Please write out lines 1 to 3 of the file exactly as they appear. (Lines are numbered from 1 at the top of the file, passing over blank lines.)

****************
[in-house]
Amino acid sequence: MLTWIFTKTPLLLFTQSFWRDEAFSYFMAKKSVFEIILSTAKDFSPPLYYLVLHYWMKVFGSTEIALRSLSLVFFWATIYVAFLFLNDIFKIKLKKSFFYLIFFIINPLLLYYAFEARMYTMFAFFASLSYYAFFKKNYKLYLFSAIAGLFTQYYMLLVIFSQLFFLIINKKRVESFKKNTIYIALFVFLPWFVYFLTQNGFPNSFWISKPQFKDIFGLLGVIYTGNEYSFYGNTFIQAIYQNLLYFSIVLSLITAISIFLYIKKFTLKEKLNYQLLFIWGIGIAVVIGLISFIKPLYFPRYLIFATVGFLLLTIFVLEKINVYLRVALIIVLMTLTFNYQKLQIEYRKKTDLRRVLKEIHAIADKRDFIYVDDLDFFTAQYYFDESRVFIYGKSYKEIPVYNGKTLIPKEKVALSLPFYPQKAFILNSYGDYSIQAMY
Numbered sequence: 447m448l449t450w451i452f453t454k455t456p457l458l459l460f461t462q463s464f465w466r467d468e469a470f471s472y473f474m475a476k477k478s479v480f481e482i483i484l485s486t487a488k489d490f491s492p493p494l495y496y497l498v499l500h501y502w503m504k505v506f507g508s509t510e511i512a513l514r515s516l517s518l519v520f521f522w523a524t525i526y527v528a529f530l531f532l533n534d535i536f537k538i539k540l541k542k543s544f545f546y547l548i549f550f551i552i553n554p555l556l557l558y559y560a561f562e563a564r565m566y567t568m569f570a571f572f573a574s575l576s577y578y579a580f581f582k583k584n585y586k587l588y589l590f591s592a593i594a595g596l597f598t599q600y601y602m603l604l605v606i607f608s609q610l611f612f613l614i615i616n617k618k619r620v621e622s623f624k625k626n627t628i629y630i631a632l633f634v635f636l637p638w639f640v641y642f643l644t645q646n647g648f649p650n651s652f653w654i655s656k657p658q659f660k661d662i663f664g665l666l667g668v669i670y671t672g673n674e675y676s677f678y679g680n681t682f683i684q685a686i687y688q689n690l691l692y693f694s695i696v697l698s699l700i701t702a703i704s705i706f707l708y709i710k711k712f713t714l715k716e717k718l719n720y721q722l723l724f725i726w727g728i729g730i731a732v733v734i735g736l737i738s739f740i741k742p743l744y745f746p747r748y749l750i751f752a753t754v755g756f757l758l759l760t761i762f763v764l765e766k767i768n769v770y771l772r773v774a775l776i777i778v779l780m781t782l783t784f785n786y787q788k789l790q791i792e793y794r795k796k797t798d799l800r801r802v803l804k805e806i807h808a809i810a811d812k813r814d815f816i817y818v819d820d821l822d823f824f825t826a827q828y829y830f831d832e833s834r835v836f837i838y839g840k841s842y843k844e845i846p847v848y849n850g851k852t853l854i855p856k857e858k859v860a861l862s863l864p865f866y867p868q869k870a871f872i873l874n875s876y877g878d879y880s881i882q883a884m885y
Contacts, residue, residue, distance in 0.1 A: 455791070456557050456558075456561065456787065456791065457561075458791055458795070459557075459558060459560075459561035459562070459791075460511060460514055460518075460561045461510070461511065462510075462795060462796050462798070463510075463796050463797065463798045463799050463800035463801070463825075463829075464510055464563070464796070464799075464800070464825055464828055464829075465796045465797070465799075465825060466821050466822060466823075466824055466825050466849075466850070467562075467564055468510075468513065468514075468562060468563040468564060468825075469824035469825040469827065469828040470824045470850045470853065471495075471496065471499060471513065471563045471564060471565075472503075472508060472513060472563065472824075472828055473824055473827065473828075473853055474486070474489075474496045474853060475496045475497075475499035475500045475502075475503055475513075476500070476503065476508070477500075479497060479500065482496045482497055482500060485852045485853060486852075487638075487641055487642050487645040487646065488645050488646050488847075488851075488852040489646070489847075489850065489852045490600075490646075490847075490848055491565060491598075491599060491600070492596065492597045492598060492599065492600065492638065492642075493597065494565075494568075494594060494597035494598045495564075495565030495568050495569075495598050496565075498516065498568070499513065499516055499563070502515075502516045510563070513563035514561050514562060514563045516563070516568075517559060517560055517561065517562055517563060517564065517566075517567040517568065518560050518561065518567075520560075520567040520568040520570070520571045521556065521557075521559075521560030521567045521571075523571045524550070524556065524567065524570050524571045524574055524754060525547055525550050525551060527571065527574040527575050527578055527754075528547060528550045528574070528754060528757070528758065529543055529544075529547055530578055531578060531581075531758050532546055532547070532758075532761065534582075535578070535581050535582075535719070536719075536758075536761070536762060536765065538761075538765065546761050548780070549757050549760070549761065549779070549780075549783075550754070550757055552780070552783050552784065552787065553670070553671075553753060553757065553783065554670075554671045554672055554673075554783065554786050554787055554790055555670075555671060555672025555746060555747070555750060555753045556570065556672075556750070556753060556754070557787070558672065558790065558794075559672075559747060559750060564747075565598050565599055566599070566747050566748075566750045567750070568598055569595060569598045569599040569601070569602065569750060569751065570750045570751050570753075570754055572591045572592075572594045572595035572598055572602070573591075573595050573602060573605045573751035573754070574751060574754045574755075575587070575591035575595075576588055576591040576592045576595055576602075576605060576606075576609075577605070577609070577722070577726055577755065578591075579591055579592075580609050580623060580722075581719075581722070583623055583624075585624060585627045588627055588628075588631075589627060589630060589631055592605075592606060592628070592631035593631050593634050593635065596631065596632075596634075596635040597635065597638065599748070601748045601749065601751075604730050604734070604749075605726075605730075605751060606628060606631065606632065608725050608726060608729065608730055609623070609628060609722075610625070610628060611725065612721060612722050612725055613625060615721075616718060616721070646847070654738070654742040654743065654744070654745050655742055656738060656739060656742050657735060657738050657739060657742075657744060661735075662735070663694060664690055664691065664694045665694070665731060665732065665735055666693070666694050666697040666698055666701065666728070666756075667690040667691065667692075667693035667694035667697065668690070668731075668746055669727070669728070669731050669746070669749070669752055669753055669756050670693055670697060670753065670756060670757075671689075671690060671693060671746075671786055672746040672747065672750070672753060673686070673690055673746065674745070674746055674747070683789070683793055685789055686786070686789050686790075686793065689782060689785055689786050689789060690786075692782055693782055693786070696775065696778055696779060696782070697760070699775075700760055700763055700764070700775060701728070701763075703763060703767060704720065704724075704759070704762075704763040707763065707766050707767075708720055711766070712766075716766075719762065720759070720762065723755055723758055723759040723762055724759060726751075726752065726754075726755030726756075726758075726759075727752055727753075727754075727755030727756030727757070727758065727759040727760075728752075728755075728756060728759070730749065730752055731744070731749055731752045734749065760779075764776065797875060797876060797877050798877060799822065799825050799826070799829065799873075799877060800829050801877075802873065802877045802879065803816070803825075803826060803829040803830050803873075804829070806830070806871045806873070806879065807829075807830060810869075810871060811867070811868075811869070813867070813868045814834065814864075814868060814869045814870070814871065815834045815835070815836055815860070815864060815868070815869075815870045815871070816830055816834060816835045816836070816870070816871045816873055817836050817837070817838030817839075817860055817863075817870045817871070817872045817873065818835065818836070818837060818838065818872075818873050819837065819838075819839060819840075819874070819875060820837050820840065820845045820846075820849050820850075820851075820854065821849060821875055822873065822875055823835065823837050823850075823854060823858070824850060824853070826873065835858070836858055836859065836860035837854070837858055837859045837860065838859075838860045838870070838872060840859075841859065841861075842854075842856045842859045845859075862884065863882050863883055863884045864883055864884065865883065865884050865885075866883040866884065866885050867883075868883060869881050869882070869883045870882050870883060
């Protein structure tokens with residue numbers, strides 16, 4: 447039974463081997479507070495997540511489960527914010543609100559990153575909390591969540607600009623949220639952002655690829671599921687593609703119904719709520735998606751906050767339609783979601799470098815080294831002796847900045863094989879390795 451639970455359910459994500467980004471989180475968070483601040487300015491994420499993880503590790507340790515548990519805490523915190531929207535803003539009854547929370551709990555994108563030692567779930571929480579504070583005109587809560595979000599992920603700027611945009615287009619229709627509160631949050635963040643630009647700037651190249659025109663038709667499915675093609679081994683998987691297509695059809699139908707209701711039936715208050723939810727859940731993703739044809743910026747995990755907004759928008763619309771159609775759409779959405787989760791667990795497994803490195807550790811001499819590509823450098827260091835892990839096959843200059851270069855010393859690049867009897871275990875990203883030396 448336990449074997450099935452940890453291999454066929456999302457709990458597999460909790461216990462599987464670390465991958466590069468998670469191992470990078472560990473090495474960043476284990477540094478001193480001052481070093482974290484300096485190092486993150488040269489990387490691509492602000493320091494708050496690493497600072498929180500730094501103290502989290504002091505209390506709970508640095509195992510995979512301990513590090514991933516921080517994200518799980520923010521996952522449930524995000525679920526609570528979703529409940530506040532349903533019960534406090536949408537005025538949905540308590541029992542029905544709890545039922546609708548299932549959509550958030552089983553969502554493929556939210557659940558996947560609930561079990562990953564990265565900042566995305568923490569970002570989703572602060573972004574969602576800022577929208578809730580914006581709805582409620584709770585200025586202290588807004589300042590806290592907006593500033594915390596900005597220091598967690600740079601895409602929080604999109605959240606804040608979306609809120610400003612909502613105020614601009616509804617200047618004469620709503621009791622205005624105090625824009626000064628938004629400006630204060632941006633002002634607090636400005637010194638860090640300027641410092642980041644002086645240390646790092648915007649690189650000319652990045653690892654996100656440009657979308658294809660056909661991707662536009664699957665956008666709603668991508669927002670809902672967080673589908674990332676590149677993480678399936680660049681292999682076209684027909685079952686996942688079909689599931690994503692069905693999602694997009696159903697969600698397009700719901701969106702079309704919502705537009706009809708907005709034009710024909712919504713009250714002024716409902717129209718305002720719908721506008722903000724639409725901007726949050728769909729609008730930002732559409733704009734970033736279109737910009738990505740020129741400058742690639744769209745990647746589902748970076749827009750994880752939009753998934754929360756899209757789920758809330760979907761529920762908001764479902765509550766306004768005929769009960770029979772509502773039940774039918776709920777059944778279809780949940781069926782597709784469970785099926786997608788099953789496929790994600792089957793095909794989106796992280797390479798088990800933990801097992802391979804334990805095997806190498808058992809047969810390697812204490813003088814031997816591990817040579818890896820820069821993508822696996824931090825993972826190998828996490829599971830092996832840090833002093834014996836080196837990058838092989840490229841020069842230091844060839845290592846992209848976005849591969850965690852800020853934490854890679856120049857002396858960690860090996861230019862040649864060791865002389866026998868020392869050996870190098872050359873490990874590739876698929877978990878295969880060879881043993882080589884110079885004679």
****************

[in-house]
Amino acid sequence: MLTWIFTKTPLLLFTQSFWRDEAFSYFMAKKSVFEIILSTAKDFSPPLYYLVLHYWMKVFGSTEIALRSLSLVFFWATIYVAFLFLNDIFKIKLKKSFFYLIFFIINPLLLYYAFEARMYTMFAFFASLSYYAFFKKNYKLYLFSAIAGLFTQYYMLLVIFSQLFFLIINKKRVESFKKNTIYIALFVFLPWFVYFLTQNGFPNSFWISKPQFKDIFGLLGVIYTGNEYSFYGNTFIQAIYQNLLYFSIVLSLITAISIFLYIKKFTLKEKLNYQLLFIWGIGIAVVIGLISFIKPLYFPRYLIFATVGFLLLTIFVLEKINVYLRVALIIVLMTLTFNYQKLQIEYRKKTDLRRVLKEIHAIADKRDFIYVDDLDFFTAQYYFDESRVFIYGKSYKEIPVYNGKTLIPKEKVALSLPFYPQKAFILNSYGDYSIQAMY
Numbered sequence: 447m448l449t450w451i452f453t454k455t456p457l458l459l460f461t462q463s464f465w466r467d468e469a470f471s472y473f474m475a476k477k478s479v480f481e482i483i484l485s486t487a488k489d490f491s492p493p494l495y496y497l498v499l500h501y502w503m504k505v506f507g508s509t510e511i512a513l514r515s516l517s518l519v520f521f522w523a524t525i526y527v528a529f530l531f532l533n534d535i536f537k538i539k540l541k542k543s544f545f546y547l548i549f550f551i552i553n554p555l556l557l558y559y560a561f562e563a564r565m566y567t568m569f570a571f572f573a574s575l576s577y578y579a580f581f582k583k584n585y586k587l588y589l590f591s592a593i594a595g596l597f598t599q600y601y602m603l604l605v606i607f608s609q610l611f612f613l614i615i616n617k618k619r620v621e622s623f624k625k626n627t628i629y630i631a632l633f634v635f636l637p638w639f640v641y642f643l644t645q646n647g648f649p650n651s652f653w654i655s656k657p658q659f660k661d662i663f664g665l666l667g668v669i670y671t672g673n674e675y676s677f678y679g680n681t682f683i684q685a686i687y688q689n690l691l692y693f694s695i696v697l698s699l700i701t702a703i704s705i706f707l708y709i710k711k712f713t714l715k716e717k718l719n720y721q722l723l724f725i726w727g728i729g730i731a732v733v734i735g736l737i738s739f740i741k742p743l744y745f746p747r748y749l750i751f752a753t754v755g756f757l758l759l760t761i762f763v764l765e766k767i768n769v770y771l772r773v774a775l776i777i778v779l780m781t782l783t784f785n786y787q788k789l790q791i792e793y794r795k796k797t798d799l800r801r802v803l804k805e806i807h808a809i810a811d812k813r814d815f816i817y818v819d820d821l822d823f824f825t826a827q828y829y830f831d832e833s834r835v836f837i838y839g840k841s842y843k844e845i846p847v848y849n850g851k852t853l854i855p856k857e858k859v860a861l862s863l864p865f866y867p868q869k870a871f872i873l874n875s876y877g878d879y880s881i882q883a884m885y